The body page can be short or contain enough elements to trigger a long vertical scroll bar when viewed by a visitor. This is the area where content specific to a page being visited is placed. For example if you are creating a testimonials page, the body area would contain the content of your testimonials.
Footer: This is the very bottom (tail point) of your web page. It’s purpose has actually evolved over the years. Traditionally footers contained simple copyright messages such as “Copyright 2013 Your company name, All Rights Reserved); But since this is a repeating region and header areas are often kept user friendly, the Footer has taken precedence as a great real estate area to providing links and other relevant information to better enhance the design of the page and usability.
For example today it is not uncommon to place Social Media, or sitemap of your main site pages, call to action buttons as well as copyright information in this area.
One of the standards in web design is that the footer area is replicated across all pages of the site for consistency and ease of use. Therefore if you ever wish to repeat an element/content on every pages of your site, you can utilize the Header or Footer areas.
Customizing the header of your website:
Customizing the header area of the site is easy with Site Builder. Your header is composed of Logo area, optional text across logo, navigation, and banner area.
1- From the “Theme” at top of the Site Builder interface click on the “Site Layout” and then select “Header Area”
2- You will be presented with a number of template options to choose from.
3- You can select on the desired Header layout option and it will automatically reflect across all your site pages.
Updating logo banner design, navigation)
Although Logo, banner area and navigation are all part of the Header area, they are managed from their own panels.
To manage logo area:
1- Double click on the Logo (or click and select the gear icon above the logo area)
2- A pop-up panel will be launched which will allow you to customize your logo which includes the ability to upload your own logo from your computer or use text name as your site’s logo.
How to manage Banner Design:
The banner area is an important marketing and theme design of your website. For example on your home page you would want to use simple concise text and image to grab the users’s attention when visiting your site.
1- Roll mouse over to the corner area of your Banner until you can see the Banner setting tab. This will launch the Banner template area.
2- You can view the template options available to use as a starting point
3- Once you click and select the desired banner you can easily modify the placeholder content in the banner area.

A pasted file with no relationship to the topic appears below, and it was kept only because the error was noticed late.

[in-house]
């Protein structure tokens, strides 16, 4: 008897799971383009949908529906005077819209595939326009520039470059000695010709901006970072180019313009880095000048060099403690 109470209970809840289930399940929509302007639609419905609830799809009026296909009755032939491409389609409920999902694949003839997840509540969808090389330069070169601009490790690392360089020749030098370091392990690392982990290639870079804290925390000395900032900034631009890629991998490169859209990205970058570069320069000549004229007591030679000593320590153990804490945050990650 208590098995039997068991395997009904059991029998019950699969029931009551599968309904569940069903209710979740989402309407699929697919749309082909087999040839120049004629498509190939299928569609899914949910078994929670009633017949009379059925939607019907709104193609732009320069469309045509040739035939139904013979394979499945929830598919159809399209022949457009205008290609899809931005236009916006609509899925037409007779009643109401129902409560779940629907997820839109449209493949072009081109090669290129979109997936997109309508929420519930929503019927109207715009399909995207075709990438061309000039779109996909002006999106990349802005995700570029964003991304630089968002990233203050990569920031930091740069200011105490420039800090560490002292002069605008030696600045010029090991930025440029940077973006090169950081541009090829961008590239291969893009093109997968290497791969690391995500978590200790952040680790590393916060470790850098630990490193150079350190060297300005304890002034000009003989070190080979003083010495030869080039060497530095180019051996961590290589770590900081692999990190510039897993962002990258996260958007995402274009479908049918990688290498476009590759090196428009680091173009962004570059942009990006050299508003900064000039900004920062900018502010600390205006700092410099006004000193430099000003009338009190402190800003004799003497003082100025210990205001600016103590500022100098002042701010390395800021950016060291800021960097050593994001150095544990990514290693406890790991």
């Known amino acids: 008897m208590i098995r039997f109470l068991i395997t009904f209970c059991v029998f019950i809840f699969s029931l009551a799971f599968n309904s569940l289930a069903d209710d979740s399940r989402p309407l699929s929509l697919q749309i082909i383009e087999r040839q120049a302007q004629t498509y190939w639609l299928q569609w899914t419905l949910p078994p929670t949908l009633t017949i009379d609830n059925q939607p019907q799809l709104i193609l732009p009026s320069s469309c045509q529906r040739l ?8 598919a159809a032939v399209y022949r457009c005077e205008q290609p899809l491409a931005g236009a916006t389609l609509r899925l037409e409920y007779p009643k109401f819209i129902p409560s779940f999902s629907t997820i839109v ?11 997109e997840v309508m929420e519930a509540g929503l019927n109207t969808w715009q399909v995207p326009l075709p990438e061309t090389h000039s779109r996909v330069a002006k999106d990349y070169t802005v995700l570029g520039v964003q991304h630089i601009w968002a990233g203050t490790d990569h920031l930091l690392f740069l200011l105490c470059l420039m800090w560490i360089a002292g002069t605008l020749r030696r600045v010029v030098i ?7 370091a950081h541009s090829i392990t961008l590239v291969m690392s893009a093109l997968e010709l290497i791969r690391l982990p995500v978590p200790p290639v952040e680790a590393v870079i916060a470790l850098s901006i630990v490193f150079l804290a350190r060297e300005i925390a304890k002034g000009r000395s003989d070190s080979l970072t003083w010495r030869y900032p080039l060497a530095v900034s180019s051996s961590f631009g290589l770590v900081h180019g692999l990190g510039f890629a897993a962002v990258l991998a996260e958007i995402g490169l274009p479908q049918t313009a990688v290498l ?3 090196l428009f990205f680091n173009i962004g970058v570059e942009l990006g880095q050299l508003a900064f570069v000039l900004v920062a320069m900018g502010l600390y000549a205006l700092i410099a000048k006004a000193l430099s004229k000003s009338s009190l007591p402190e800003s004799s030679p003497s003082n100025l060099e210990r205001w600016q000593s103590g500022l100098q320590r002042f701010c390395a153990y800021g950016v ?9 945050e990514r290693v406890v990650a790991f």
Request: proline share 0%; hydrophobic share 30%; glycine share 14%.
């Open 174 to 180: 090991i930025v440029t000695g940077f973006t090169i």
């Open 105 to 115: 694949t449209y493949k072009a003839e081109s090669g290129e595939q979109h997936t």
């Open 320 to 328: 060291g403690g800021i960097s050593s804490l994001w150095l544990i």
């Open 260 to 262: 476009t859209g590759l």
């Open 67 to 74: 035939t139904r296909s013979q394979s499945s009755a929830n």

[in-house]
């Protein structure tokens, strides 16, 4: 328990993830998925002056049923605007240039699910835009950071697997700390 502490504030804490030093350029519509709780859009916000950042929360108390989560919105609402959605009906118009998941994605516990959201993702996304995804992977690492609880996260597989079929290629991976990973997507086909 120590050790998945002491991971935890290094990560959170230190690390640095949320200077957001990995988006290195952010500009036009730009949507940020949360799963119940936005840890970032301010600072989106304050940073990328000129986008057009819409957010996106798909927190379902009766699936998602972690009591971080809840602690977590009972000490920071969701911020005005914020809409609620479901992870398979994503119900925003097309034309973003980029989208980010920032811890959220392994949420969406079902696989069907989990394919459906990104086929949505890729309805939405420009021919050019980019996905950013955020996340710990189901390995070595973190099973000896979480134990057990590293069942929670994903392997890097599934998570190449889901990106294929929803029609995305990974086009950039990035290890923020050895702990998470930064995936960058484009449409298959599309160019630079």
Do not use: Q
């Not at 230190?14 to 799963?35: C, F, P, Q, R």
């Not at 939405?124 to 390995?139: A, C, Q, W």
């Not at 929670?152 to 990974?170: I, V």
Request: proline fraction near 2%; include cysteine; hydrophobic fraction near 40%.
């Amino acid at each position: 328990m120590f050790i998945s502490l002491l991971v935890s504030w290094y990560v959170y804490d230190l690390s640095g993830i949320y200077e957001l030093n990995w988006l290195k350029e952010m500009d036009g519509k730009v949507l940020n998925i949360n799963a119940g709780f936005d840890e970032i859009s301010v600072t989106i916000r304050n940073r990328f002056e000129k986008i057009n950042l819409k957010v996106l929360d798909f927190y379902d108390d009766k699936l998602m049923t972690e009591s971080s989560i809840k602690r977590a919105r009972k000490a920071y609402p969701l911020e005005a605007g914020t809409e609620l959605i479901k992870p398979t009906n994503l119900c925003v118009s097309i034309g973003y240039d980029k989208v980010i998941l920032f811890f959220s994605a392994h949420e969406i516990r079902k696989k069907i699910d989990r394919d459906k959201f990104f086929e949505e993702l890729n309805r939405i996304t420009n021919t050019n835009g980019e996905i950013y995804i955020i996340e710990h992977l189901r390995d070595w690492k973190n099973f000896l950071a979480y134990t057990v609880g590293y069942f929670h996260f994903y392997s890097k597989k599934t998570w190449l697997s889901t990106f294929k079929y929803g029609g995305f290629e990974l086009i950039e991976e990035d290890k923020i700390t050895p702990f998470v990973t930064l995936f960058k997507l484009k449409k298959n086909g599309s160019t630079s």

Accessing the Navigation and Pages:
The navigation area is the gateway to all other pages of your site. It is therefore integral to ensure it is clean and easy to understand.
You can access Pages of your site by:
1- Click on “Pages” tab at top of the Site Builder interface
2- You can then access and manage pages of your site including the ability to create new pages, change the order of pages, hide/show certain pages in your main navigation, as well as manage page settings.
You can learn more here about managing pages:
And learn about managing dropdown menus on your site here:
To manage the style and format of your navigation menu, you can access the Navigation settings in two ways:
1. Click on the navigation area (any button/area) and you will be presented with the Navigation settings icon.
2. Click on “Pages” tab and you can click on the “Style my Navigation” option
Customizing the body area of the page:
When you first create a page you would have selected the layout format of the content area. This step saves you a lot of time because you have a great starting point to update your content. You can double click on any text area or drag and drop content from the “Content” tab to update your page content.
Customizing the Footer of your website.
The footer customization is a bit like managing your header. You can manage a template as a starting point and then customize from there.
1- From the “Theme” at top of the Site Builder interface click on the “Site Layout” and then select “Footer Area”
2- You will be presented with a number of template options to choose from.
3- You can select on the desired Footer layout option and it will automatically reflect across all your site pages.
In addition you can then drag and drop any content you wish to your Footer area. It is recommended you keep the footer area clean; however if your site has numerous pages, it would be wise to list those pages on the footer and link to desired page.
The footer area is also a great area to house contact information and social links such as Facebook/twitter, etc..
Go on give it a try and build and update your website:
Now that you have an understanding of your website structure and layout, the next chapter is to dig a bit deeper and learn the ability to create pages for your site and manage the navigation structure of your site. which is imperative to having a professional web presence that can best serve your content and your audience. This is covered in Web Design 104 – Creating Navigation and adding pages to my website